The third type is what confuses me the most: A house that sits on market for a long time, maybe gets a 20K reduction and then sells for 103% of original asking. I suspect there is some form of FHA fraud going on with these. I believe that an FHA can get up to 3% back for repairs and up to the begin of this year only required 3% down. I have suspected these transactions are using some form of hard money loan seasoned for 2 months and then are repaid with the ‘repairs’ funds. These transactions always sit pending for quit a while (enough to prove 2 months of funds). My hope is that these transactions go away with the CalFHA being suspended because of the budget crisis.

  6. idrnkurmlkshk

    Hi Janet,

    I havnt been following the issue you are having with IR, but what points are you specifically looking for facts on? In order for the truth to be known, everyone should tone down blog-trash talk.

  7. ipoplaya

    IR, I don’t believe Irvine’s price declines were as large as you predicted for 2008. You were thinking 12% in 2008, which looks to be more like 8-10%, and another 16% in 2009…

    So if the median declines for Irvine in 2009 won’t be as high as 2008, are you now thinking maybe only 6-8% off in 2009 for Irvine for a two-year total of 16-18%?

    1. IrvineRenter

      I haven’t seen the final numbers on 2008, but I thought it was worse than 8%-10%. I think we will see another 10% in 2009. Interest rates will work to support prices. It all depends on how much supply is forced on to the market, and how many people will qualify under the new terms. Prices are still too high, but if supply remains low and there are enough knife-catchers qualified to buy up the inventory, prices may remain supported at elevated levels.

      1. george8

        It is likely that the government will employ desperate and reckless means to artificially suppress ALT A and ARM reset pains. Therefore the decline may be put off a little longer as projected.

        1. Priced_Out_IT_Guy

          This is my assumption as well. I don’t think you can predict the future at this point because the recklessness we’re going to see by our government in 2009 will be unprecedented.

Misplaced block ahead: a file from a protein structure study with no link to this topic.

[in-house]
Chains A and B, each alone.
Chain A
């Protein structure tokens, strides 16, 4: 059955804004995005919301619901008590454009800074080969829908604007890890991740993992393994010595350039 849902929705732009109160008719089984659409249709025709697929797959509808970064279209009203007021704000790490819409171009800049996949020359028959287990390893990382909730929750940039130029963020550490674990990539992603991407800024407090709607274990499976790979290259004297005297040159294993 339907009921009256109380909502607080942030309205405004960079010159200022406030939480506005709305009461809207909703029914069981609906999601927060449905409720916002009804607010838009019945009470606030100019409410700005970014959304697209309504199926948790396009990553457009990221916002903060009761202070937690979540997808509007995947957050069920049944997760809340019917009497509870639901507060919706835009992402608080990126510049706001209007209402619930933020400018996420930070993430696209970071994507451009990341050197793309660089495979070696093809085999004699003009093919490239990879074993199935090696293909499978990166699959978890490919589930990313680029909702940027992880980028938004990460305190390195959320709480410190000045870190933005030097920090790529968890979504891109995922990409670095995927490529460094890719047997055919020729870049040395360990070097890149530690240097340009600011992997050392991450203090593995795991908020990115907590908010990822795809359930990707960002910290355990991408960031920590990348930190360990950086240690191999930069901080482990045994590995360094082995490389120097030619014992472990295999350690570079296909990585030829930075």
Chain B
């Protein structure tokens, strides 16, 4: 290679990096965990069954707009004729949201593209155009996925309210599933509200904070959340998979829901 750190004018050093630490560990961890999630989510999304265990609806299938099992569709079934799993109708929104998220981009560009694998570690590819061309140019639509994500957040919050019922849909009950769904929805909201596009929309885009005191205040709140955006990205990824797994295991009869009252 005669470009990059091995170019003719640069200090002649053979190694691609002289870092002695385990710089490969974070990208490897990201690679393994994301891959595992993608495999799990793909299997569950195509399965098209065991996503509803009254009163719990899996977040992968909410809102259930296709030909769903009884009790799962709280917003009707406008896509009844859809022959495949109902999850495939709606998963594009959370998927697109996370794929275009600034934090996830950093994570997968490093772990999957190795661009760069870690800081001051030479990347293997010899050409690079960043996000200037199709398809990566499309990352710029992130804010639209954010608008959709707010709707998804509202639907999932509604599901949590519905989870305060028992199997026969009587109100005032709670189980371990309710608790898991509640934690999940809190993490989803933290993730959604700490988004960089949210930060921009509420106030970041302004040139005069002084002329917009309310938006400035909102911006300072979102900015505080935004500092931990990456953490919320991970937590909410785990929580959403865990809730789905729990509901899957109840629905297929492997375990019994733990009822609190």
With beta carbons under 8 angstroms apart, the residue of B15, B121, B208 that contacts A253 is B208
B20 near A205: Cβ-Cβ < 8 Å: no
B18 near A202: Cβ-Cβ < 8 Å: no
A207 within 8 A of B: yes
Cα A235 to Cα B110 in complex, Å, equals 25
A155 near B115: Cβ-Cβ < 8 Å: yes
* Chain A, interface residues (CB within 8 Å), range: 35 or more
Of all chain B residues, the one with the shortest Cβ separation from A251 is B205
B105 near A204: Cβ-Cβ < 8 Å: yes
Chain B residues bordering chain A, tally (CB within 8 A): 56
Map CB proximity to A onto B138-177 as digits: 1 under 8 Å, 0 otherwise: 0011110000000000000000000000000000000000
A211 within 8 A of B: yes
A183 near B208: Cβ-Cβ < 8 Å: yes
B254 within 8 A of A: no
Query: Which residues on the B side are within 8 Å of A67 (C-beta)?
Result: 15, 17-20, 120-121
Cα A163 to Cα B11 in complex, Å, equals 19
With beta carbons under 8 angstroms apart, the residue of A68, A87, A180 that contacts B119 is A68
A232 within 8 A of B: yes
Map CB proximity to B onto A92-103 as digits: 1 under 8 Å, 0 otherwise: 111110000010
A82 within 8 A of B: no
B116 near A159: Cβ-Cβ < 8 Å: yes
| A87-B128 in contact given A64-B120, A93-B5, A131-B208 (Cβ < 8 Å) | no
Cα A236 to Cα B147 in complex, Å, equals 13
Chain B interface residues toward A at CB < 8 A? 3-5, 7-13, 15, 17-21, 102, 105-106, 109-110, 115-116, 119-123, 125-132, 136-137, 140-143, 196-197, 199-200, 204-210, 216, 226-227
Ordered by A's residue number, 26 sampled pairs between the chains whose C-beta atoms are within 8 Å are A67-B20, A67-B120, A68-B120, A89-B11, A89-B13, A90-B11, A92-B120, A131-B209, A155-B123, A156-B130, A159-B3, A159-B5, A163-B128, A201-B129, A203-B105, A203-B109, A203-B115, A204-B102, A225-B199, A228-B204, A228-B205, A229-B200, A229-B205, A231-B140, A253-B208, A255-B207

Once the ARM problem comes to full light the government will figure out some way to ease the reset burden by stealing from the general public and giving to the ones that helped cause this mess through tax subsidies in some way shape or form.

          Personally I foresee a continued drop in pricing in the two markets I follow: OC and North County SD. OC is still way overpriced for first time buyers and north county SD is still a bit overpriced but quickly approaching rental parity. As a first time buyer I am still planning to delay my purchase until 2010.

          1. Perspective

            “…by stealing from the general public…”

            They’ve been stealing 40%+ from me & the Mrs. for years.

        1. ipoplaya

          The Cyberhome figures include Nov and Dec 2007, which were big decline months for Irvine as well as the rest of the country.

          If you look at Case-Shiller data, those two months were 2 of the largest 3 months of declines. I think in calendar 2008, Irvine would be lucky to be off 10%, especially with closing prices up in December…

  8. Orcian

    Last week (Dec. 25) in the OCR, there was an article about Mission Viejo’s Life Church, and problems its members are having. The article mentions that at least 25% of the 2,000-member congregation faces foreclosure. Phil Munsey, the founding pastor, said, “We have people in nice homes and cars that can’t afford groceries. It is the Orange County dilemma….” I wonder how many in Irvine are in the same boat. Hard to tell, because everyone seems to be doing so well. Many that we know spend (borrow?) a lot more than we do on “stuff.” I guess we will know more as the next couple of years unfold.

  9. Orcian

    I don’t blame IR for deleting your posts, Janet. If he spent all of his time battling delusional minds, he’d have no time for his family.

  10. newbie_2009

    Happy New Year!

    Hi, I am a newbie and looking to buy in 2009 or 2010. Just have some questions about the medium “home” price prediction for Irvine:

    1. Is the medium “home” price for SFR only or does it include the condos as well?

    2. What’s a medium “home” like in Irvine? i.e. how old is it and how big it is?


    1. IrvineRenter

      The median home price will include all transactions. The median is exaggerating the decline in prices right now because most of the activity is at the bottom of the market.

      A median home in Irvine is a large 2/2 or a small 3/2 most likely a condo. SFDs, even the small ones, are the minority in Irvine.

  11. alan


    I have a HELOC which I opened but didn’t abuse, there good to have for the rainy day. Citibank cut my line in 1/2 last yr but it’s still a good amount. After the most recent interest cut, my rate on my HELOC is 2%.

    Currently I’m getting 3.7% on my savings at Indymac so here’s a situation where I could tap my HELOC, move it into a savings account and make money. I never thought anything like that would happen.

    1. maliburenter

      I have received a stream of offers from BofA to borrow at 1.99% unsecured. I can get a higher return on a CD at BofA.

      There might be some sort of regulatory capital calculation going on. Since banks have leverage ratio requirements, if I borrowed $10,000 and put it back in the same bank, their capital ratios would look better.

    2. IrvineRenter

      This is exactly the situation the FED hopes to create. The easiest way to stimulate borrowing is to pay people to do it. I know it sounds facetious, but I am totally serious.